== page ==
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Irish ambassador said Russians blaming Chernobyl staff was a 'typical Soviet tactic'

Nuclear fallout and Soviet scepticism feature in official Irish state papers on the Chernobyl disaster.

Image: Shutterstock/doroshvin

THE IRISH AMBASSADOR to the Soviet Union at the time of the Chernobyl disaster criticised the Russians for blaming the incident on staff at the plant as a “typical Soviet tactic”.

In State Papers released by the Department of Foreign Affairs from 1986, Tadhg O’Sullivan was sharply critical of how the Russians reported on and handled the explosion at the nuclear power plant.

20161208_153643 The ambassador's letter to the Department of Foreign Affairs Source: National Archives 2016_22_1441

A letter written at the time to the Department from Sligo County Council also urged the government to condemn the Soviet Union for their failure to notify other European countries immediately after the disaster.

Pravda

In an edition of the Soviet state newspaper Pravda – dated 21 July 1986 – seen by the ambassador and sent to the Department of Foreign Affairs, its contents put the blame for the incident solely on workers from the plant.

It said: “It has been established that the accident occurred because of a whole series of gross violations of operating rules by the staff at the station.

Neither the station managers nor specialists had prepared well for that experiment, and failed to coordinate it with appropriate organisations, which they ought to have done.

“The irresponsibility and negligence as well as indiscipline led to grave consequences.”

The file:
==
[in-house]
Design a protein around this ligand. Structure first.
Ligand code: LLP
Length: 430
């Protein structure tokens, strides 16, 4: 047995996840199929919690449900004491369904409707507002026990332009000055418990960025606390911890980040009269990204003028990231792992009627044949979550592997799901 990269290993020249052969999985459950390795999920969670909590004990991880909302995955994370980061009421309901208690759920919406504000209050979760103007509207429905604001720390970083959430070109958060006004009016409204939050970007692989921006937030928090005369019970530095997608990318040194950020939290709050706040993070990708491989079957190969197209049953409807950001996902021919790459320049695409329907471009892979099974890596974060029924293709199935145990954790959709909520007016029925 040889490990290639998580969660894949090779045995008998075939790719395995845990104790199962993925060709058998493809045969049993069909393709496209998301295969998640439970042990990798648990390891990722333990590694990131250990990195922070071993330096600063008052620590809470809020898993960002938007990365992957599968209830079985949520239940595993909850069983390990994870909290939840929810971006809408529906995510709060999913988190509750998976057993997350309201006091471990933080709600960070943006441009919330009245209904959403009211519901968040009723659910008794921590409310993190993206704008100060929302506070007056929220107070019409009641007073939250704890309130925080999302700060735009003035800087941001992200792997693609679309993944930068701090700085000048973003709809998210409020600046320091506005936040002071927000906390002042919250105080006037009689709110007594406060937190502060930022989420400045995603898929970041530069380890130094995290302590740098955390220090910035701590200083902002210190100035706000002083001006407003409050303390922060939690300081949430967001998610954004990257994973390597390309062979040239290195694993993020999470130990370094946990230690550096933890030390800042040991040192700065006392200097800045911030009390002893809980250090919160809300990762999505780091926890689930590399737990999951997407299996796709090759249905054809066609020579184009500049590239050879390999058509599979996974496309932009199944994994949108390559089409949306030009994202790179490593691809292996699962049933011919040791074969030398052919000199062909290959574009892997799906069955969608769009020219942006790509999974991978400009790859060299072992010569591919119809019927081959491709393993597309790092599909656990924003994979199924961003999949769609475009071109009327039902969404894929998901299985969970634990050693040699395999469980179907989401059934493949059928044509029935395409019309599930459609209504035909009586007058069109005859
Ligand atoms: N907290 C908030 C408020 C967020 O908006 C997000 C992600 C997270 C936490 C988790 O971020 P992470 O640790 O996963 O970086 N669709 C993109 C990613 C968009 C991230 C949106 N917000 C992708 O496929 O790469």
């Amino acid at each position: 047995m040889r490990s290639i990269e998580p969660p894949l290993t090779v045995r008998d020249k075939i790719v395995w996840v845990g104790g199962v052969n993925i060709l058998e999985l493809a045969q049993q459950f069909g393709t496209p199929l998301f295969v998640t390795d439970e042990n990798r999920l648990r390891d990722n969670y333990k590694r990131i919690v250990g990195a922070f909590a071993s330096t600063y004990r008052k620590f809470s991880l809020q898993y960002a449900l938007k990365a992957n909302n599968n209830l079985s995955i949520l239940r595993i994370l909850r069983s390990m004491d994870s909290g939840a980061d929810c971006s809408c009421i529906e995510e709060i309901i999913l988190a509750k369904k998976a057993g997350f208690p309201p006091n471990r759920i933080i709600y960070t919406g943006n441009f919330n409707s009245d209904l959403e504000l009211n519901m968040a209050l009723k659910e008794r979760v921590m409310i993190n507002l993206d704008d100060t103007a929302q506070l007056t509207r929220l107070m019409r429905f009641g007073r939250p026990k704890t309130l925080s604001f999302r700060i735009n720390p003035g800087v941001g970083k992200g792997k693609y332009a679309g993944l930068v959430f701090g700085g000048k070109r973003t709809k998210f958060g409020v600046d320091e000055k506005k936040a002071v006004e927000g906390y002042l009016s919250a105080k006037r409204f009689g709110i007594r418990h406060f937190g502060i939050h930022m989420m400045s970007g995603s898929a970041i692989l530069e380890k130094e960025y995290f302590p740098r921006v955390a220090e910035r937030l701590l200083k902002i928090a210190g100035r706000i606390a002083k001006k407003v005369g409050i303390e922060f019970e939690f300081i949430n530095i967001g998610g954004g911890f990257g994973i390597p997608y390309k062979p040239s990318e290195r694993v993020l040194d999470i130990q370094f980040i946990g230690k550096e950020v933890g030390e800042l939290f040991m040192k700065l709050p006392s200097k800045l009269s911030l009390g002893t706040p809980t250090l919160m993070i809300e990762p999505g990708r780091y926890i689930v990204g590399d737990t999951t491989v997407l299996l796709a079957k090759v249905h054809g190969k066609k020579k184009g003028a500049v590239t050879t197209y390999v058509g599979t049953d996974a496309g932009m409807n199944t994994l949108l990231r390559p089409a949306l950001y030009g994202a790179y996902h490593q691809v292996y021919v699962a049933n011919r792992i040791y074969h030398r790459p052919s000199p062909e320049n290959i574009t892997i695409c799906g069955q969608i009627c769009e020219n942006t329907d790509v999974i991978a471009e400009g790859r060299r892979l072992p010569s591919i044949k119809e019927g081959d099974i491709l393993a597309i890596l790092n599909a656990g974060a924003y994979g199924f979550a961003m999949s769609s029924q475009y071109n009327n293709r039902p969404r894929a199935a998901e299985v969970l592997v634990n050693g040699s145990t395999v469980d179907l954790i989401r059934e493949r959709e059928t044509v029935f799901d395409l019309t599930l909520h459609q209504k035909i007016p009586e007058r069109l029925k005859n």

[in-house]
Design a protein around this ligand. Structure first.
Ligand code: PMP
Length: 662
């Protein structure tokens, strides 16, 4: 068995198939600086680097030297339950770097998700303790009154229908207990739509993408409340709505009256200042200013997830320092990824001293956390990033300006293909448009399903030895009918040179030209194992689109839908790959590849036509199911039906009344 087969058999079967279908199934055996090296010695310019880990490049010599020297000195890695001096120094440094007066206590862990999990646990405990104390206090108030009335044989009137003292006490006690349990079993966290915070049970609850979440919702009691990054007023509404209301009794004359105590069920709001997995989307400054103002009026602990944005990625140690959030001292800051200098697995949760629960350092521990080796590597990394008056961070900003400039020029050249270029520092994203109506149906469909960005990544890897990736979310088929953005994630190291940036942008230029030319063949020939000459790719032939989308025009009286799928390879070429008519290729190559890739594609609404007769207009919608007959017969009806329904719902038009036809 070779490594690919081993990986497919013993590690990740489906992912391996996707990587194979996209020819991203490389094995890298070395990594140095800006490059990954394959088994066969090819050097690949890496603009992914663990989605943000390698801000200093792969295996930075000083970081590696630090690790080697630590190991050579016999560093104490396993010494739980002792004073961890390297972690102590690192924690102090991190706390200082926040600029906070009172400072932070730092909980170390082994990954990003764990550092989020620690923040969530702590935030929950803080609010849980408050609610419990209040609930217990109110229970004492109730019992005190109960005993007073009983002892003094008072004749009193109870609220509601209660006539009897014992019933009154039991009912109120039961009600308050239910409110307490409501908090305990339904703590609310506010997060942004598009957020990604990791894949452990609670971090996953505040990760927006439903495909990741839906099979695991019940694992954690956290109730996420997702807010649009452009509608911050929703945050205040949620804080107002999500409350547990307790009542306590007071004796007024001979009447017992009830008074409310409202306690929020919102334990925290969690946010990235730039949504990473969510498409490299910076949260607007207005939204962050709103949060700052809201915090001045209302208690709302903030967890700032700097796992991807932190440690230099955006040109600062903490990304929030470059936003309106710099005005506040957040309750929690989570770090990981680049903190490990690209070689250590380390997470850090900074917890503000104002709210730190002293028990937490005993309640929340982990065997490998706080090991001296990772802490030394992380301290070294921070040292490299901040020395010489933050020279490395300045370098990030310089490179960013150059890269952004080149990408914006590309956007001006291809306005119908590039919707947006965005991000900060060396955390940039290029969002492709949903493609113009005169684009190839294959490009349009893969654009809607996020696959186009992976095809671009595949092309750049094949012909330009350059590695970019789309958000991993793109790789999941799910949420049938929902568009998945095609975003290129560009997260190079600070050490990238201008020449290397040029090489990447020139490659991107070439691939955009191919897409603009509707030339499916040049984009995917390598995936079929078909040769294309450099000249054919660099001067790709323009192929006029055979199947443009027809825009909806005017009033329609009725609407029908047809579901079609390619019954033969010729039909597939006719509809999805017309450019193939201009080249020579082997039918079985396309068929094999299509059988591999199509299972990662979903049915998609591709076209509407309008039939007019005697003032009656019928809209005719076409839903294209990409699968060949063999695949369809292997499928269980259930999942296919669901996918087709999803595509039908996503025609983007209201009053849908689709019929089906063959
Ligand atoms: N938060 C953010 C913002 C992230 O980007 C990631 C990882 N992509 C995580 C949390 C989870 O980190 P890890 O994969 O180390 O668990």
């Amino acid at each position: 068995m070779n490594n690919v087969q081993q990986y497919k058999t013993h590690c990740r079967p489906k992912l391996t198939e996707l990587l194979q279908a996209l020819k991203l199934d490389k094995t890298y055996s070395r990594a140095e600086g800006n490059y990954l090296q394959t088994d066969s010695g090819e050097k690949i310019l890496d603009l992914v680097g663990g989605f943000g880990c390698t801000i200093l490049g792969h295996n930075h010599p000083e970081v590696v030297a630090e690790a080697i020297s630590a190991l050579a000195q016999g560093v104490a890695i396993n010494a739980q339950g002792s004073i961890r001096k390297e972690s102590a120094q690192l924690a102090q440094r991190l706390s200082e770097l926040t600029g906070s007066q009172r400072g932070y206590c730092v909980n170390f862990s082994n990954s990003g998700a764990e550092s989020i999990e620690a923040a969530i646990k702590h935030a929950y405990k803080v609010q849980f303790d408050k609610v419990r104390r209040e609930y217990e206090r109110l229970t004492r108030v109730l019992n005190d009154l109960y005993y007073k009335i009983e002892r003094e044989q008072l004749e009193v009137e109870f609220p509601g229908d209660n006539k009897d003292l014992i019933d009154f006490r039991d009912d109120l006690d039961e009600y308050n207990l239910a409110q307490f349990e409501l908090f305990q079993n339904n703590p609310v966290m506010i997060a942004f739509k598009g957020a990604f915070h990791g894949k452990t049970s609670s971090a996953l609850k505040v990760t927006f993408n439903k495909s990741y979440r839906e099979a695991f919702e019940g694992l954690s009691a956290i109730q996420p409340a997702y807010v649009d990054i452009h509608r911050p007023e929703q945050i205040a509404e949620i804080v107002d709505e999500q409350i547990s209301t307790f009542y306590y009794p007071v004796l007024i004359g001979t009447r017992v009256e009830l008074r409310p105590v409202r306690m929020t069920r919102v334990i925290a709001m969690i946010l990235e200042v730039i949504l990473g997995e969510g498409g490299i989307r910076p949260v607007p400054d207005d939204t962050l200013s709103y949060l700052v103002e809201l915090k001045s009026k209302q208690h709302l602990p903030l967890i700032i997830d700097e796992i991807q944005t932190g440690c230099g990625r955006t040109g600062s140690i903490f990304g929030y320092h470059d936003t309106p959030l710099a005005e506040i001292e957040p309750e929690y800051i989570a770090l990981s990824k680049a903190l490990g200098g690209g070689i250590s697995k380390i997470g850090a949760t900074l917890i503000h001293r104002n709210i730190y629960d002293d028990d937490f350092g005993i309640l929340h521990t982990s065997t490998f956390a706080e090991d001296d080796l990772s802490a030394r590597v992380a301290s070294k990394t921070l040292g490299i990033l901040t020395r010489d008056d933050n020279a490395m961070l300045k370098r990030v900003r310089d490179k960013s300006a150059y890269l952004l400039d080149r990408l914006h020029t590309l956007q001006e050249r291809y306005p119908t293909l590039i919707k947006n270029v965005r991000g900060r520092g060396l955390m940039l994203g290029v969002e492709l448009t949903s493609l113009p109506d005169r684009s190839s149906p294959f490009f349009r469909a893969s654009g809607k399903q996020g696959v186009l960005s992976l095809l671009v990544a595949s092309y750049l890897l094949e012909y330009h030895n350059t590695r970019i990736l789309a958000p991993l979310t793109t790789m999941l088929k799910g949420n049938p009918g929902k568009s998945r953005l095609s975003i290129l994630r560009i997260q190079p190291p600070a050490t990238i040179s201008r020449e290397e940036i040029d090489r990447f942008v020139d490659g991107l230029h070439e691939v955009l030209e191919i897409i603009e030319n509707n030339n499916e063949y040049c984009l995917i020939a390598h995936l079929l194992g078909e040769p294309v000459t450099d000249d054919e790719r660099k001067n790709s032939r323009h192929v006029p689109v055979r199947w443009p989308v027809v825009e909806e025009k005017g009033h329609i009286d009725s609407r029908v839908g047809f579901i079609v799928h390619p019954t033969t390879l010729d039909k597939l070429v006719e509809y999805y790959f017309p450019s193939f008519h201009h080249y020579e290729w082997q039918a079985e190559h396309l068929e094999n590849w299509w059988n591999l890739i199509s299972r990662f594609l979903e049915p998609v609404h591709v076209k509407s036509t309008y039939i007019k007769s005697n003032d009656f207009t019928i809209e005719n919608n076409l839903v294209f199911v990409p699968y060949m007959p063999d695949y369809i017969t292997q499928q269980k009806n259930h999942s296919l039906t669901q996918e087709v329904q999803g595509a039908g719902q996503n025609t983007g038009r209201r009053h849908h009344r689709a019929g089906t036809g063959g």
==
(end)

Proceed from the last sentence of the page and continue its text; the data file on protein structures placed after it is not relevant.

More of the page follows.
The article closes by calling Chernobyl a “turning point” in the international community’s attitude to nuclear weapons, saying  it should be effective in “curbing the nuclear arms race”.

The Russians were criticised by the wider international community for its reaction to the incident, especially in losing crucial hours and days to inform its closest European neighbours about the fallout.

In separate documents included in the papers, a Soviet delegation at the United Nations Environment Programme was desperate to stress its cooperation with other nations following Chernobyl.

“Since the day of the accident, the Soviet authorities have been maintaining closest contacts with the International Atomic Energy Agency management.”

In the case of Ireland, authorities here weren’t satisfied with the Russian approach.

Unsatisfactory

Upon sending the Pravda report to the Department of Foreign Affairs, Ambassador O’Sullivan was unequivocal in his assessment of the situation in a supplementary note.

He said: “Its account basically consists of a description of the punishments and disciplinary measures meted out to [staff], the work being done to repair the damage and the means by which this type of accident is to be prevented in the future.

“The disaster at Chernobyl is thus treated by Pravda in terms of a violation of party rules, for which those concerned are to be punished, and as a lesson in the need for the strict observance of party discipline in the future.